Sensory Processing Disorder - An Often Misunderstood Piece to the Puzzle
Browsing around the internet, I recently stumbled upon a tweet from a prominent person with autism.
The entire thread inspired me, as a neurotypical professional, to dig deeper. Many neurodivergent individuals expressed their increased anxiety following exposure therapy, which broke my heart as I know parents put their children in these therapies believing they are doing what's right.
We just truly do not understand. And we can't. Because we are not in their brains.
What is Sensory Processing Disorder?
A large number of doctors do not believe that SPD exists, although that number is shrinking. According to WebMD, "sensory processing disorder is a condition in which the brain has trouble receiving and responding to information that comes in through the senses." It may involve one sense, several, or all. Symptoms can include things such as:
Bumping into things
Over sensitivity to lights, sounds, touches
Seeking bright lights, listening to loud sounds
Extremely rough play, excessive jumping on or off furniture, etc.
These are just some of the potential symptoms, but it's very important to note every child with SPD has different ways that it affects them. It's also important to note that SPD can occur with or without having autism or other developmental differences.
If you believe your child is at risk for sensory processing disorder, it's important to contact an occupational therapist who is familiar with SPD for diagnosis and treatment.
Sensory Processing Disorder and Communication Skills
As a speech language pathologist, I do not work directly with SPD, except during feeding therapy; however many of my children are impacted by SPD. It affects their ability to focus during classroom and daily tasks, as many times being over-stimulated is distracting and nearly impossible to ignore. Being under-stimulated also negatively impacts attention, as children who are under-stimulated may appear distant and "day-dreaming", but in actuality, they just need more sensory input to help their brain focus on what's important. It's almost as if they are stuck in a searching mode as they try to find something that will help capture their neurological system, which isn't nearly as fun as "day-dreaming" may seem.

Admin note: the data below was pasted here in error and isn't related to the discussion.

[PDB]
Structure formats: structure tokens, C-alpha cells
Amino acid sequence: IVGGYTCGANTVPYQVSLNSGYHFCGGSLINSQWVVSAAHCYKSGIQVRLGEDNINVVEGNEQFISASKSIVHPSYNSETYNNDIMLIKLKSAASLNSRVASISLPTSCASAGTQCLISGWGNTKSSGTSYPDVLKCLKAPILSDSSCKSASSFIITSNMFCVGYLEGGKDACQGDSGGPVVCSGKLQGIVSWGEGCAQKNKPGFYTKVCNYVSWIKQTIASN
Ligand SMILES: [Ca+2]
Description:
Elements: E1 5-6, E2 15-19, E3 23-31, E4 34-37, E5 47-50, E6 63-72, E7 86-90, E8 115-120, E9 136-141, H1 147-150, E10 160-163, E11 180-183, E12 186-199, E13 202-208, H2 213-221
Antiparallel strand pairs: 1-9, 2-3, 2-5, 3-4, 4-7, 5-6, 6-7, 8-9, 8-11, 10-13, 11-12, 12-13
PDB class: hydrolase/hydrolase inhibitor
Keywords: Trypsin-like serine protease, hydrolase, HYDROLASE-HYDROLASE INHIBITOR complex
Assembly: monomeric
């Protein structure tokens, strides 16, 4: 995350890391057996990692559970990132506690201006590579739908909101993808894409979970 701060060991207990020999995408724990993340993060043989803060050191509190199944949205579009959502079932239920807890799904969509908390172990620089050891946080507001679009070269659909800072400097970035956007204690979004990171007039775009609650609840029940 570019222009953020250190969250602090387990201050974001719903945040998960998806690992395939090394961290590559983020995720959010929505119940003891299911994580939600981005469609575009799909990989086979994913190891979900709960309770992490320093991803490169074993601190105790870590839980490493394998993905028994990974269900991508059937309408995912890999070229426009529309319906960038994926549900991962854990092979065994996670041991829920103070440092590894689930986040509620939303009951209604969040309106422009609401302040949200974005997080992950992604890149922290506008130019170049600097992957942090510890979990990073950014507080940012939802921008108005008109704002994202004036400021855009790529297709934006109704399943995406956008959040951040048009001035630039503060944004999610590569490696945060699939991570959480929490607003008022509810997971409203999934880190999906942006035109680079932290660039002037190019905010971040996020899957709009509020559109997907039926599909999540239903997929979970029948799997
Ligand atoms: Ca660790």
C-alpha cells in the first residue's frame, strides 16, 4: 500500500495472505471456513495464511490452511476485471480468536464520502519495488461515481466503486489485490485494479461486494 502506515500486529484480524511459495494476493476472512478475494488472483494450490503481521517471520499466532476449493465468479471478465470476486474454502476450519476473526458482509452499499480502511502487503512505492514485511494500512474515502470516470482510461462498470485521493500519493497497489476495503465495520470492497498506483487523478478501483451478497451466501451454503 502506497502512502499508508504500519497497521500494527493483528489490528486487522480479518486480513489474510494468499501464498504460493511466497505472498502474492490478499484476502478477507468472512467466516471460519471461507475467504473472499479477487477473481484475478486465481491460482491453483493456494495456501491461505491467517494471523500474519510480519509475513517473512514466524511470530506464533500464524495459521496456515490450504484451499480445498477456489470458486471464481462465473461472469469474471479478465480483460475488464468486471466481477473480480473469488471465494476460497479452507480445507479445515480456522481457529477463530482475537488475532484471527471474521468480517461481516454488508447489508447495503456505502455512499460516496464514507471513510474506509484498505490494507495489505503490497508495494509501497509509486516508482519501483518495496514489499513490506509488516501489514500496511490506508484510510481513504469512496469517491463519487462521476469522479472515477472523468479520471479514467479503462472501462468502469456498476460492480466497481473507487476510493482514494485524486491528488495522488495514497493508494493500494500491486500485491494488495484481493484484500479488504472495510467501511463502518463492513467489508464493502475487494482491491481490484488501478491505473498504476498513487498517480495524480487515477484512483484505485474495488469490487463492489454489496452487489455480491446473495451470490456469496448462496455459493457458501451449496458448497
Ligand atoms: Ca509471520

SPD can also affect auditory processing and reading. This is often diagnosed as auditory processing disorder and is diagnosed by an audiologist. Over- and under-sensitivities to sound may cause the child to disengage during classroom and conversational tasks. Maybe the teacher has a voice that's too high pitch, or maybe someone has shoes that squeak while they walk and it's confusing to track that sound as it moves around the room. These can all greatly impact a child's ability to perform and learn in daily situations, thus affecting their ability to communicate and use language similar to their peers.
If you believe your child is at risk for sensory processing disorder, it's important to contact an occupational therapist who is familiar with SPD for diagnosis and treatment. A speech-language pathologist can help in addressing any subsequent communication, language or reading challenges that have resulted.
Sensory Integration Therapy
First, let me describe Exposure Therapy, as mentioned in the beginning of my post. Exposure Therapy typically is used to treat anxiety-based reactions to a stimulus or stimuli. It involves learning relaxation exercises, such as breathing techniques, and using them while exposed to your anxiety producer in a hierarchy of ways. Let's use the trigger of spiders for this example. The first step may just be thinking about "spiders" while deep breathing. Once this is mastered, you may be shown a picture of a spider. Next may be knowing a spider is in a box across the room. Then the spider is in a glass box, so you can see him, across the room. Then you move closer, or the glass box is opened, etc. The theory here is that you are creating a "calm" mind and a calm state in the presence of your fear.
Sensory Integration Therapy is similar in that you are exposed to stimuli in a hierarchy and some of these stimuli may be anxiety-producing. It is different than "exposure therapy" in that it doesn't address anxiety with breathing exercises, etc. Rather, under the careful guidance of a qualified OT, your brain is ideally re-trained in how to deal with the stimuli or you are given strategies to cope with sensory differences you are experiencing. You are taught it "integrate" your sensory system, something that for neurotypical children occurred naturally with varying degrees of success.
Sensory Processing Disorder affects those diagnosed with it on a daily basis. It is not something they can just "get over" or "deal with". It is painful and I cannot imagine how isolating it must feel. Imagine if a hug felt like a knife? Or if you'd rather be "punched in the face" than hearing someone say "YAY!"? These are things my children have described to me during our sessions regarding their sensory differences. It's important that we are sensitive to their differences, and as possible make accommodations or supports to allow for us all to integrate together.
Understood.org has a wealth of information regarding SPD, along with this helpful guide of at-home strategies you can use. I think my favorite is the one for putting on winter clothes!
Do you or your child have SPD? What helps you deal with differences in sensory processing? What works and what doesn't? Share your thoughts with us below.